Controversy Over Bamiyan Buddhas

from New Historian

Sarah Carrasco
January 21, 2015

The huge cavities in the cliff close to the town of Bamiyan are one of the most astounding sites in Afghanistan. Sitting between two massive mountain ranges, the cavities are all that is left from a pair of giant Buddha statues which were destroyed by the Taliban in 2001. Reconstruction work is yet to commence on these giant figures however, as disputes between archaeologists and Unesco policy makers have led to constant delays.

In order to understand the root cause of the statue’s destruction, it is necessary to revisit the year 2001, when the Taliban-led regime was at loggerheads with the international community. The destruction of the pair of colossal Buddha figures was a defiant gesture to the outside world of the Taliban’s intention to obliterate all Pre-Islamic ‘icons’ within the country.

The work to bring down the statues started in March 2001 and lasted several weeks. The two figures standing at 58 and 38 metres tall proved to be surprisingly resilient to the anti-aircraft guns which were first used to try and destroy them. On realising this would fail to bring down the two ancient statues, a group of engineers bored holes into the statue’s heads and packed them with dynamite, while anti-tank mines were placed between the statues’ feet.

It has been fourteen years since then, but reconstruction work is still being delayed, despite the desire among much of the local community for the statues to be restored.

The two cavities are a reminder of Afghanistan’s tragic recent history. The country had a long Buddhist heritage, one which was left largely untouched when Muslims first started to settle in the area in the ninth century. The mystical giant statues had stood firm for fifteen centuries before their destruction, gazing down at passing trade caravans and war armies. Monks had traveled from as far as China to worship at the statues, while others meditated in a nearby cave.

Today, the site enjoys a peaceful environment compared to the Taliban period, with children playing below the cliffs and archaeologists doing their work uninterrupted. In Bamiyan itself a reasonably liberal form of Islam is practiced with few women wearing burqas and the region boasting the highest proportion of women in education in Afghanistan. Hamid Jalya, head of historical monuments in Bamiyan province, told the Guardian that many locals had completely forgotten that the statues used to be Buddha figures, perhaps suggesting a desire to move on from the destruction of the Taliban period.

The two statues are a powerful symbol for a variety of reasons, meaning they have political currency way beyond their archaeological value. This has led to a variety of academics from across the world, from Korea to Germany and Japan to France, quarreling over the fate of the statues, and preventing real progress being made towards their reconstruction.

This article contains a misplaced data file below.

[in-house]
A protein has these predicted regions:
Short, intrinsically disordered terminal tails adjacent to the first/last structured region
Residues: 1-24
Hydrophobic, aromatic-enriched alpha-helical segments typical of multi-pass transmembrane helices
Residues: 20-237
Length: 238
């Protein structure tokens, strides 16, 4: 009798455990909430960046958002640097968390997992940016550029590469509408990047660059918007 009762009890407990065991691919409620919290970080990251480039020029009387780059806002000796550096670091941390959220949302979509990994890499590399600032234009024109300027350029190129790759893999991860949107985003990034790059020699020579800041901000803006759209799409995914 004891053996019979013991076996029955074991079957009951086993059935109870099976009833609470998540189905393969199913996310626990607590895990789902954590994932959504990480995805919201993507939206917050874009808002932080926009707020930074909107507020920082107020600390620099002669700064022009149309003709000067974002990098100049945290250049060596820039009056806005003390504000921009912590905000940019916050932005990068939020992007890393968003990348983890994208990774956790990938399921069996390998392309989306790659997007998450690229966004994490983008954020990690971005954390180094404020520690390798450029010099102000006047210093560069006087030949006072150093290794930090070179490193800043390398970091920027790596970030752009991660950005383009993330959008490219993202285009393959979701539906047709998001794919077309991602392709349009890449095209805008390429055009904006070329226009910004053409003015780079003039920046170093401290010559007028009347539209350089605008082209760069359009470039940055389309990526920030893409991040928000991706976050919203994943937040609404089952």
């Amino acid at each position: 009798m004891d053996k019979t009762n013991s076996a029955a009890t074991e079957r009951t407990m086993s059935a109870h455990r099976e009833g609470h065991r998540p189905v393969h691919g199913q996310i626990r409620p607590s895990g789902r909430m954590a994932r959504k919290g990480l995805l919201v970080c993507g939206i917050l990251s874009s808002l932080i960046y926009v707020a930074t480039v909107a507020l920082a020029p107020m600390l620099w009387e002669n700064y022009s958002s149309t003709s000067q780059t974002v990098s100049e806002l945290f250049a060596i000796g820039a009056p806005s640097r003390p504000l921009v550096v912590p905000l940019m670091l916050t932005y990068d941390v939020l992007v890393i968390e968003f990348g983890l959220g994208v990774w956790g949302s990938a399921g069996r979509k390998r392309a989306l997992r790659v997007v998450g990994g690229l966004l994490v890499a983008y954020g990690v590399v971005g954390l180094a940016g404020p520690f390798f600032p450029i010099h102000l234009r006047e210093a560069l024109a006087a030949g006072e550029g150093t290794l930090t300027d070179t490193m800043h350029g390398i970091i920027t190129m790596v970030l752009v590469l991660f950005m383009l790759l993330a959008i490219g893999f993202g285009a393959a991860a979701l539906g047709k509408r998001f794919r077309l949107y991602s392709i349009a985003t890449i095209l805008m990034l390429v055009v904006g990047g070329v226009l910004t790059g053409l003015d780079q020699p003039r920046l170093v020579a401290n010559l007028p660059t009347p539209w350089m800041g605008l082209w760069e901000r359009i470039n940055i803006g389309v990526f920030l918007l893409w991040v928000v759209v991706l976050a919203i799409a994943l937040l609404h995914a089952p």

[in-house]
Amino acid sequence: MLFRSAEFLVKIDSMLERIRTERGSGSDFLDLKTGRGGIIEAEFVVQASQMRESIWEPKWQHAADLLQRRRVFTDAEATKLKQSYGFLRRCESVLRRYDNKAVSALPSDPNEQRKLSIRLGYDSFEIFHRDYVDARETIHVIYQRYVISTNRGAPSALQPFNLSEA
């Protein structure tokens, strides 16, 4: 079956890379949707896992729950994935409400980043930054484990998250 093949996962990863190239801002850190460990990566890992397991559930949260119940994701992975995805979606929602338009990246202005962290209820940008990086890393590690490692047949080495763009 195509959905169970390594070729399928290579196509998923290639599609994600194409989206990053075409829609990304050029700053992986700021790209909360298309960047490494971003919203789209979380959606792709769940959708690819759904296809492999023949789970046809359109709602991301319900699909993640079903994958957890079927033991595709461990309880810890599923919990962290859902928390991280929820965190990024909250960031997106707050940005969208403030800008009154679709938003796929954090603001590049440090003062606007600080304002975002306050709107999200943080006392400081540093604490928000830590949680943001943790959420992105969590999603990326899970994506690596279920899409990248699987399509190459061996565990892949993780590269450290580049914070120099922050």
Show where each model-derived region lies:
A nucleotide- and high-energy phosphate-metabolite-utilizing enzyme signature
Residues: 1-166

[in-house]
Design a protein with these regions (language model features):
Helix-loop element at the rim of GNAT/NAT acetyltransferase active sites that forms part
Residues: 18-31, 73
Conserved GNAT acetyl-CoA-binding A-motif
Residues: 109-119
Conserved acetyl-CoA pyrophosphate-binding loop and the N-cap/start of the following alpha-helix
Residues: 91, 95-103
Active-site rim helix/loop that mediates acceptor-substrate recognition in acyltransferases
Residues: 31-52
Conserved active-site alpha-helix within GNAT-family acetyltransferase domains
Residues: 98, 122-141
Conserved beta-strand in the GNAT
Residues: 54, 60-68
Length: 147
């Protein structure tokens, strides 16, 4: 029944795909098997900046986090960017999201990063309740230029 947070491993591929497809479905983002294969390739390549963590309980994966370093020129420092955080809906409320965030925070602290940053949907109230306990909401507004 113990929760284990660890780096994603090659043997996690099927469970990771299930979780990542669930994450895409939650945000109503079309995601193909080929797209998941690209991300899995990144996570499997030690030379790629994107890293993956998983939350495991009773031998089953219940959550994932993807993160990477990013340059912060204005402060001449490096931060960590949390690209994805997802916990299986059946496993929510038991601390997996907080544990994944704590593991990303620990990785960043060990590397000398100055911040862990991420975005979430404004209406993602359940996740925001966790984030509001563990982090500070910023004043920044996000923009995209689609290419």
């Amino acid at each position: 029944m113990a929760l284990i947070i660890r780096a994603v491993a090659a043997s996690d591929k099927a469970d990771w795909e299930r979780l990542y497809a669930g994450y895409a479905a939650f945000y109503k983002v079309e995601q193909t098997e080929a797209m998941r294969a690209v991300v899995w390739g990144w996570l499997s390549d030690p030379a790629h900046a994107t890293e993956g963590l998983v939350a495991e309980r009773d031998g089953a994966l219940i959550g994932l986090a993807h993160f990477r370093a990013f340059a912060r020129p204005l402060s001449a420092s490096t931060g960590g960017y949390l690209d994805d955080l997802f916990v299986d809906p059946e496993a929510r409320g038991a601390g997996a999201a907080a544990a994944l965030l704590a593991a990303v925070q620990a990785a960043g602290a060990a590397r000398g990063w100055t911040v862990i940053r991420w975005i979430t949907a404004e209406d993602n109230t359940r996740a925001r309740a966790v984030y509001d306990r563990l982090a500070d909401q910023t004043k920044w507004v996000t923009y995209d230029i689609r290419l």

Beyond these disagreements, there exists a very real controversy about how best to honour the fallen Buddhas. Some want to maintain the status quo so that future generations can see the effects of the Taliban’s domination of Afghanistan, making the cavities a permanent reminder of a dark and controversial time in the country’s history. Others however, want to reconstruct the figures; to restore the unique archaeological site and attract tourism to the area.

Another objection stems from the fact that the two Buddhas are not the only important archaeological sites in Bamiyan Valley. Sites such as the ruins of Shahr-e-Gholghola fortress, or the fortified town of Shahr-i-Zohak, are equally at risk, having been worn down by earthquakes and harsh weather. The question raised by many is why is so much attention being focused on the destroyed Buddha statues?

A major challenge of reconstruction would be obtaining the original materials, which is a requirement put down by the Venice Charter; the international code of conduct for the preservation and restoration of ancient buildings. This would be incredibly difficult, considering less than a third of the fragments have been collected so far. In addition, many of the pieces that have already been recovered are actually from reconstruction works which took place in the 1970s, when the feet of the smaller Buddha were rebuilt using materials that were not from the original construction.

That notwithstanding, the idea of at least reconstructing the smaller Buddha is popular, having been proposed by German archaeologists and welcomed by the locals. This is viewed by some as a viable compromise – repairing the smaller statue but leaving the cavity of the larger one as a reminder of the Taliban occupation.

Bamiyan’s recent history has been greatly affected by the Taliban regime in Afghanistan. The continuing debate over the fate of the two massive Buddha statues reveals that politics plays just as big a role in archaeology and restoration as it does in international relations.

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